The 2012 British Open is still anyone's tournament, but no one will be able to beat Brandt Snedeker if he keeps playing like this.
In the second round at Royal Lytham, Snedeker improved on his already stellar play. He entered Friday in fifth place with a first-round score of 66, and just as Adam Scott did the day before, he tied the course record with a 64. Snedeker now finds himself way ahead of the pack with a score of -10.
As great players have floundered in their pursuit of the Claret Jug, the 26th-ranked player in the world has been a revelation. Snedeker has built his lead with remarkably consistent play that he should be able to replicate as he heads into the weekend.
Snedeker has yet to record an eagle thus far, but he also has not shot a single hole over par. Though his driving has left something to be desired, hitting just 60.7 percent of fairways thus far, he has been pinpoint accurate when he shoots at the green and once he's on it.
Over one long stretch, Snedeker hit 26 greens in a row, and he has hit 31 of 36 greens in regulation. Once he's on the putting surface, Snedeker has been just as brilliant, converting opportunities short and long as he charged up the board.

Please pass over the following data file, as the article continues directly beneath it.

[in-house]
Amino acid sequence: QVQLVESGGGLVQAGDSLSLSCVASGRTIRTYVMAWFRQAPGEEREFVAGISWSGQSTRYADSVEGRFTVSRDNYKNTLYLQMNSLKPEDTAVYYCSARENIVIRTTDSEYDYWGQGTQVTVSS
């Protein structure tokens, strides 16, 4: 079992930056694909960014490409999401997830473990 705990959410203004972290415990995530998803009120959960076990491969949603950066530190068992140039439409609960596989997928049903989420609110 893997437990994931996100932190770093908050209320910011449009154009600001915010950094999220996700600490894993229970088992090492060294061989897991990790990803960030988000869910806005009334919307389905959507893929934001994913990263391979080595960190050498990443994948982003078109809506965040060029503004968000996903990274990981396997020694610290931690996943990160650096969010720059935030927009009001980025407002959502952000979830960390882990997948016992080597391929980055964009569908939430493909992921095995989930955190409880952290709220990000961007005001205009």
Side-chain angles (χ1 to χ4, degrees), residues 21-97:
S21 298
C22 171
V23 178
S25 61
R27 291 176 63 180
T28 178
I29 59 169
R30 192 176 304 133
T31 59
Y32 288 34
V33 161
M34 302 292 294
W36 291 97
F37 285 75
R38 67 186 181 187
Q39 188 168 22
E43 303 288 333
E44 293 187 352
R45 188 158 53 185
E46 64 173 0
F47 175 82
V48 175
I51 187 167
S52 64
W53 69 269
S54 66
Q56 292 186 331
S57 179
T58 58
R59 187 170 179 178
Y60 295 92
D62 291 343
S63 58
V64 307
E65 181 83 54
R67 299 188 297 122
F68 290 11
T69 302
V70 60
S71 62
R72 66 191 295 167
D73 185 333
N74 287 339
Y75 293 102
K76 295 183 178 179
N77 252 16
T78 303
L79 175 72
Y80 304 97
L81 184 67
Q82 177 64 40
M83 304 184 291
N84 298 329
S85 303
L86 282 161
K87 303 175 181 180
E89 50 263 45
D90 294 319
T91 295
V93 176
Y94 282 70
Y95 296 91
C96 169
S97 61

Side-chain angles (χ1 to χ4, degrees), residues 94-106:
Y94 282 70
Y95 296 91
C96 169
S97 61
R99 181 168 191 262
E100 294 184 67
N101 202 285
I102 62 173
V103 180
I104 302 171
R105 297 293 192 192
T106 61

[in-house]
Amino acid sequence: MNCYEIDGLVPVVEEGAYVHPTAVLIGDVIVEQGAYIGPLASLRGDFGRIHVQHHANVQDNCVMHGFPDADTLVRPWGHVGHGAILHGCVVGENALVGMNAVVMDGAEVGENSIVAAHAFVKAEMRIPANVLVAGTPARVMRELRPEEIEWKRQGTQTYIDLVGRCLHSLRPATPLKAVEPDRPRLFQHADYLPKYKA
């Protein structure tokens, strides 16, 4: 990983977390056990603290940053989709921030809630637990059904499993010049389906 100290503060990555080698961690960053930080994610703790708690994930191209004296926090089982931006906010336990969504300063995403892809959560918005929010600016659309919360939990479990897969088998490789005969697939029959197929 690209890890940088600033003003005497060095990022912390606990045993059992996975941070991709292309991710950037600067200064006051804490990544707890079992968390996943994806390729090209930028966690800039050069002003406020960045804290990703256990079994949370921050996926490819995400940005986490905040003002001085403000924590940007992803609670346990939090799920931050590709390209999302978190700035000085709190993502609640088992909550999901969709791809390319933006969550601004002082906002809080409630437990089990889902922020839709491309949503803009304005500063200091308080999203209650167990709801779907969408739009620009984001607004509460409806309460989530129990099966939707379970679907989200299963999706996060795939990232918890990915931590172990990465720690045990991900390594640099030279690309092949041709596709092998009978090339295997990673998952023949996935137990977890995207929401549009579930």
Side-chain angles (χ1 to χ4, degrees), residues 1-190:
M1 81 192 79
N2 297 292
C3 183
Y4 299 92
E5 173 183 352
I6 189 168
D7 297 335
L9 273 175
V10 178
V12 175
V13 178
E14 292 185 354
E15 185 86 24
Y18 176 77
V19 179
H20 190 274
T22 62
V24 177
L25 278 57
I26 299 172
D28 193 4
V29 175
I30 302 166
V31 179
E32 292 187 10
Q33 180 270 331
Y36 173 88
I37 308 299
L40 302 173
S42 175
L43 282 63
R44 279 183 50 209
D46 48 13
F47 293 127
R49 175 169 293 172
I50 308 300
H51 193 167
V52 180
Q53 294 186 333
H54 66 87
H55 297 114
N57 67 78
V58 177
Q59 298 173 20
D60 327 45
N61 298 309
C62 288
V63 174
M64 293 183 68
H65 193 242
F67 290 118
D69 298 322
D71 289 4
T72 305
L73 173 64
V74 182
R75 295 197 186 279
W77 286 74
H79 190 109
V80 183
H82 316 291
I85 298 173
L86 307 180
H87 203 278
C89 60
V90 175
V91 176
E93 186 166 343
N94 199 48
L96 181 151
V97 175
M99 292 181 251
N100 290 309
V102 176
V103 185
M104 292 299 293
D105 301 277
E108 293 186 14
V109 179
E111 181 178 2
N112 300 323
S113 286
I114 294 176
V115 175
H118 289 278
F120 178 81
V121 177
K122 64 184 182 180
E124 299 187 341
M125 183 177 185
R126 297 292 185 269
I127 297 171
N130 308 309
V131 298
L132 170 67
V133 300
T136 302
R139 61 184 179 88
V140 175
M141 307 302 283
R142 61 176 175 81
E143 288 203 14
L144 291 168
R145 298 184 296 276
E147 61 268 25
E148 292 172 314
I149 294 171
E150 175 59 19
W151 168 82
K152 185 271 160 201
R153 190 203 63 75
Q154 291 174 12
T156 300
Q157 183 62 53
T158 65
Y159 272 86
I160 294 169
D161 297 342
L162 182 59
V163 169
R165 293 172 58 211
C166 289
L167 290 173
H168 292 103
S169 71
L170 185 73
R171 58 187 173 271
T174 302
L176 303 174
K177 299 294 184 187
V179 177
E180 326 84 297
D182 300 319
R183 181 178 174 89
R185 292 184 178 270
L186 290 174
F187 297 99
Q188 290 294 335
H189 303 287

By getting himself within striking distance and converting his opportunities, Snedeker has not shot below par and has recorded 10 birdies, building himself a commanding lead.
Snedeker started off strong, birdieing the par-three first to improve to five under. He made par on each of the next four holes before catching fire on the sixth, shooting a three on the long, 492-yard par four to go on a tear. Over a seven-hole stretch from the sixth to the par-three 12th, Snedeker birdied five times, leaving former leader Adam Scott in the dust and jumping to minus-10 on the tournament.
As the pace of play slowed and the weather deteriorated into a soggy mess, Snedeker's play dropped off as well, which is to say he made par on each of the final six holes to finish the day at 10 under.
However, the worsening conditions proved to be a blessing in disguise for Snedeker, as contenders like Scott, Zach Johnson, and Tiger Woods have failed to make up any ground on a course much less forgiving than it was on Thursday.
Snedeker still has 36 holes to go before he can lift the Claret Jug, and his closest competitors have even more. With the lead he's built, however, the damage has been done. If Snedeker can keep up the consistency that has powered him to the top of the leaderboard, the Open Championship will be his for the taking.